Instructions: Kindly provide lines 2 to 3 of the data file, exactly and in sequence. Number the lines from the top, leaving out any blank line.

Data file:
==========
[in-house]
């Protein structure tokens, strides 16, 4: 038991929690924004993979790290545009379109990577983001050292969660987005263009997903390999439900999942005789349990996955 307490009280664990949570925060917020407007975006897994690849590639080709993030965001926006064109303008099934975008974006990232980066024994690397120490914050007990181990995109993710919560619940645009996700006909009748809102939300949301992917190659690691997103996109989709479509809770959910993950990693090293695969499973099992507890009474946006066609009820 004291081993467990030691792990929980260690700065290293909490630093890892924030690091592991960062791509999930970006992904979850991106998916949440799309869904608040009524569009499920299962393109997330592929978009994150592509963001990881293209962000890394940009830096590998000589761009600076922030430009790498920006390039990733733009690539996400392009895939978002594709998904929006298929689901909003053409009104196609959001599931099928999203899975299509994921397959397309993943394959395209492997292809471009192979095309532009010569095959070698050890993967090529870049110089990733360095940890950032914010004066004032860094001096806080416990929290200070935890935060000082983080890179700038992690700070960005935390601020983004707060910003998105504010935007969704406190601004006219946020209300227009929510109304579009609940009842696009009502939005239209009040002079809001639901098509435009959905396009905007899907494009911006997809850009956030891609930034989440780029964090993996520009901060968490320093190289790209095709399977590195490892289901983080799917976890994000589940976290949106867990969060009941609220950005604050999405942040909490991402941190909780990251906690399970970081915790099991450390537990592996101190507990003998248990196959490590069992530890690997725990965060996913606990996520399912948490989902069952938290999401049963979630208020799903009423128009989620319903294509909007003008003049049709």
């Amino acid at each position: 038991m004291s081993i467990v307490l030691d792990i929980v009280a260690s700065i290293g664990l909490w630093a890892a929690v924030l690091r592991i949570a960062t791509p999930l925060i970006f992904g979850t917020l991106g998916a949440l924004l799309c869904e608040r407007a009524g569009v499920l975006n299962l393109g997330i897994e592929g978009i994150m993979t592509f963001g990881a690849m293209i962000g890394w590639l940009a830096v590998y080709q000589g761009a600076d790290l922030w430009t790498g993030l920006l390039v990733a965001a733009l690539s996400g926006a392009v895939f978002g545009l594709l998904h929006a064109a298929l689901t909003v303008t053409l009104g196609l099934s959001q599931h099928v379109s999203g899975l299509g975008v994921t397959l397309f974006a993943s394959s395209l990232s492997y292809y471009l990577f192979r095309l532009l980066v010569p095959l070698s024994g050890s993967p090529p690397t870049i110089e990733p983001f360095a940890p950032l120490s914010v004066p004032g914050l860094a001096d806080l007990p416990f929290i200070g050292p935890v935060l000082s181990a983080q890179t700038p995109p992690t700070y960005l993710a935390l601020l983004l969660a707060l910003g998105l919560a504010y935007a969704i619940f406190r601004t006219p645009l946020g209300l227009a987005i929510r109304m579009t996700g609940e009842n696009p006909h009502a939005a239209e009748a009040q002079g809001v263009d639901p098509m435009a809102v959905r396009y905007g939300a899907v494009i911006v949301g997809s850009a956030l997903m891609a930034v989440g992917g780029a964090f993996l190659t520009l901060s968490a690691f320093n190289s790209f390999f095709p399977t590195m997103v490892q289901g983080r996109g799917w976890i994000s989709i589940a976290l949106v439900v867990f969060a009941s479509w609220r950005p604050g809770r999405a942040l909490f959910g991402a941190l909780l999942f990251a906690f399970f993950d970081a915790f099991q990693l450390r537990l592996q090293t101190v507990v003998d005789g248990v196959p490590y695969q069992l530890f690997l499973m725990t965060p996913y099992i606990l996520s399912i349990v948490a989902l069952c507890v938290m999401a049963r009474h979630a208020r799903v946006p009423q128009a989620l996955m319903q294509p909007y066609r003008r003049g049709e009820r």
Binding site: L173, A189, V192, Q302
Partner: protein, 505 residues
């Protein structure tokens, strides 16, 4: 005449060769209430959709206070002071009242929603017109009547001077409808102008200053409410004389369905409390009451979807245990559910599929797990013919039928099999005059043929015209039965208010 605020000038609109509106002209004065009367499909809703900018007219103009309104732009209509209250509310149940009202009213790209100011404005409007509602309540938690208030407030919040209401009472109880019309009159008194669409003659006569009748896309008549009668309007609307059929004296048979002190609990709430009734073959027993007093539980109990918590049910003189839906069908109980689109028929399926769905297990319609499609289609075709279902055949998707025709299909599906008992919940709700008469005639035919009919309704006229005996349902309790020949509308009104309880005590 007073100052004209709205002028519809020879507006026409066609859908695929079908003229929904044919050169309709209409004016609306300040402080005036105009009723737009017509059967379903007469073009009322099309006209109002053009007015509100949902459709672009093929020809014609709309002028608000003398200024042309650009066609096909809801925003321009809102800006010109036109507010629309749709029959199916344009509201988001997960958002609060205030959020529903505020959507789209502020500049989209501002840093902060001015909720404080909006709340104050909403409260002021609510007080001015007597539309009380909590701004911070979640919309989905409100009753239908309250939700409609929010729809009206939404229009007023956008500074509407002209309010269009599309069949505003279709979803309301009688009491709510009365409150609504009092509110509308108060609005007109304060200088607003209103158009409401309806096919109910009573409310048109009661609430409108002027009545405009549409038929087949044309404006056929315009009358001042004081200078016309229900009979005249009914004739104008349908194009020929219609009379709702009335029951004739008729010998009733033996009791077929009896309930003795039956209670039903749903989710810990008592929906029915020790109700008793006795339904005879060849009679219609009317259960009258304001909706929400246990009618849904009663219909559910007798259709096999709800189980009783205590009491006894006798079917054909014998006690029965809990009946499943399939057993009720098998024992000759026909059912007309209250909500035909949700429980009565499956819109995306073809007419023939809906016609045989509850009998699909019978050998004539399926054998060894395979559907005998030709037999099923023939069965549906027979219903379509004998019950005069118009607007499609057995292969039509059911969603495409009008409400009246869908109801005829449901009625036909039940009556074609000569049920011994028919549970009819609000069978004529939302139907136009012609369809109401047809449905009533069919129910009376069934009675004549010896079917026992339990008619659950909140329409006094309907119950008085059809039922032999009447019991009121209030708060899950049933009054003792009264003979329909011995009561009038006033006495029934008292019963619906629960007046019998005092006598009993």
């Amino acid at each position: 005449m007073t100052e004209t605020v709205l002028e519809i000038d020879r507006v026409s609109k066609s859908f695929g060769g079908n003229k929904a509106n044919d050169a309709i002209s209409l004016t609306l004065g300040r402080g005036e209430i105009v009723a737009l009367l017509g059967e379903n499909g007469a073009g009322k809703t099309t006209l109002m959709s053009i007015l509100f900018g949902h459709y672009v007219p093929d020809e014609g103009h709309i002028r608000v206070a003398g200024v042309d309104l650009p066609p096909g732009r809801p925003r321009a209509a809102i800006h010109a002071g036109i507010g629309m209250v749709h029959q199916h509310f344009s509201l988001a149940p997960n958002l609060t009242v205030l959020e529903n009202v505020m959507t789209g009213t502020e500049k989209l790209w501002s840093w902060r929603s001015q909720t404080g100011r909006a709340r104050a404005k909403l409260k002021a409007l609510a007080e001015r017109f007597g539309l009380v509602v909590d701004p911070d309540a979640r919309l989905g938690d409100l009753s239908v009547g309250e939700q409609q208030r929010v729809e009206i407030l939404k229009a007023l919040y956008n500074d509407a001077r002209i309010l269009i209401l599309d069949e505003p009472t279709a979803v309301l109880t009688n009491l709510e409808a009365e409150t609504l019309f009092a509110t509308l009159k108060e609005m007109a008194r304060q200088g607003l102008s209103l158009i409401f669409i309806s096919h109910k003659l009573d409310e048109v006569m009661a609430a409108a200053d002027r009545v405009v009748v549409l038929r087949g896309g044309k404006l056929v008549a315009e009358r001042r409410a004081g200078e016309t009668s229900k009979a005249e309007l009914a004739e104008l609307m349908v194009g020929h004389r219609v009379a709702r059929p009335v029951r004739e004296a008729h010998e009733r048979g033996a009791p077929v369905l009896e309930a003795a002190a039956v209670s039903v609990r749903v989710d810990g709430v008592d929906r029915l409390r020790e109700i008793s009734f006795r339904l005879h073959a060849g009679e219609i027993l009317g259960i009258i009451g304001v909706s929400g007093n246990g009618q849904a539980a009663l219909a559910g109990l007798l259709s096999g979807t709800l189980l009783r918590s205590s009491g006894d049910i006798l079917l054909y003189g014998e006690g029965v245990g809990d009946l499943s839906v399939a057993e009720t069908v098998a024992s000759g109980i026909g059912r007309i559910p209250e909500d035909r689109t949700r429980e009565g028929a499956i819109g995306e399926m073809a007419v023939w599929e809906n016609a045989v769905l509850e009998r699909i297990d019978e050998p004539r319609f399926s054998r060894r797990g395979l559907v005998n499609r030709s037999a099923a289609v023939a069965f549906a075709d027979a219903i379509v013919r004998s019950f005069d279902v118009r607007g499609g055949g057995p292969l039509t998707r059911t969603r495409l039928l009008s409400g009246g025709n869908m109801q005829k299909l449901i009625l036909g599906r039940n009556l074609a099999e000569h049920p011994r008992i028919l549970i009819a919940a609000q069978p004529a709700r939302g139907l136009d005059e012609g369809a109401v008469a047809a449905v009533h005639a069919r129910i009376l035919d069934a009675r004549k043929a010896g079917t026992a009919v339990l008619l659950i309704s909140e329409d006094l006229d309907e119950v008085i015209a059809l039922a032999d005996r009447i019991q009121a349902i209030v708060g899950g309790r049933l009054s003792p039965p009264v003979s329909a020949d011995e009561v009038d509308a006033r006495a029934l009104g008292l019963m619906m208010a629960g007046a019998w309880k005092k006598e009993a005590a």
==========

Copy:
């Protein structure tokens, strides 16, 4: 038991929690924004993979790290545009379109990577983001050292969660987005263009997903390999439900999942005789349990996955 307490009280664990949570925060917020407007975006897994690849590639080709993030965001926006064109303008099934975008974006990232980066024994690397120490914050007990181990995109993710919560619940645009996700006909009748809102939300949301992917190659690691997103996109989709479509809770959910993950990693090293695969499973099992507890009474946006066609009820 004291081993467990030691792990929980260690700065290293909490630093890892924030690091592991960062791509999930970006992904979850991106998916949440799309869904608040009524569009499920299962393109997330592929978009994150592509963001990881293209962000890394940009830096590998000589761009600076922030430009790498920006390039990733733009690539996400392009895939978002594709998904929006298929689901909003053409009104196609959001599931099928999203899975299509994921397959397309993943394959395209492997292809471009192979095309532009010569095959070698050890993967090529870049110089990733360095940890950032914010004066004032860094001096806080416990929290200070935890935060000082983080890179700038992690700070960005935390601020983004707060910003998105504010935007969704406190601004006219946020209300227009929510109304579009609940009842696009009502939005239209009040002079809001639901098509435009959905396009905007899907494009911006997809850009956030891609930034989440780029964090993996520009901060968490320093190289790209095709399977590195490892289901983080799917976890994000589940976290949106867990969060009941609220950005604050999405942040909490991402941190909780990251906690399970970081915790099991450390537990592996101190507990003998248990196959490590069992530890690997725990965060996913606990996520399912948490989902069952938290999401049963979630208020799903009423128009989620319903294509909007003008003049049709």
């Amino acid at each position: 038991m004291s081993i467990v307490l030691d792990i929980v009280a260690s700065i290293g664990l909490w630093a890892a929690v924030l690091r592991i949570a960062t791509p999930l925060i970006f992904g979850t917020l991106g998916a949440l924004l799309c869904e608040r407007a009524g569009v499920l975006n299962l393109g997330i897994e592929g978009i994150m993979t592509f963001g990881a690849m293209i962000g890394w590639l940009a830096v590998y080709q000589g761009a600076d790290l922030w430009t790498g993030l920006l390039v990733a965001a733009l690539s996400g926006a392009v895939f978002g545009l594709l998904h929006a064109a298929l689901t909003v303008t053409l009104g196609l099934s959001q599931h099928v379109s999203g899975l299509g975008v994921t397959l397309f974006a993943s394959s395209l990232s492997y292809y471009l990577f192979r095309l532009l980066v010569p095959l070698s024994g050890s993967p090529p690397t870049i110089e990733p983001f360095a940890p950032l120490s914010v004066p004032g914050l860094a001096d806080l007990p416990f929290i200070g050292p935890v935060l000082s181990a983080q890179t700038p995109p992690t700070y960005l993710a935390l601020l983004l969660a707060l910003g998105l919560a504010y935007a969704i619940f406190r601004t006219p645009l946020g209300l227009a987005i929510r109304m579009t996700g609940e009842n696009p006909h009502a939005a239209e009748a009040q002079g809001v263009d639901p098509m435009a809102v959905r396009y905007g939300a899907v494009i911006v949301g997809s850009a956030l997903m891609a930034v989440g992917g780029a964090f993996l190659t520009l901060s968490a690691f320093n190289s790209f390999f095709p399977t590195m997103v490892q289901g983080r996109g799917w976890i994000s989709i589940a976290l949106v439900v867990f969060a009941s479509w609220r950005p604050g809770r999405a942040l909490f959910g991402a941190l909780l999942f990251a906690f399970f993950d970081a915790f099991q990693l450390r537990l592996q090293t101190v507990v003998d005789g248990v196959p490590y695969q069992l530890f690997l499973m725990t965060p996913y099992i606990l996520s399912i349990v948490a989902l069952c507890v938290m999401a049963r009474h979630a208020r799903v946006p009423q128009a989620l996955m319903q294509p909007y066609r003008r003049g049709e009820r």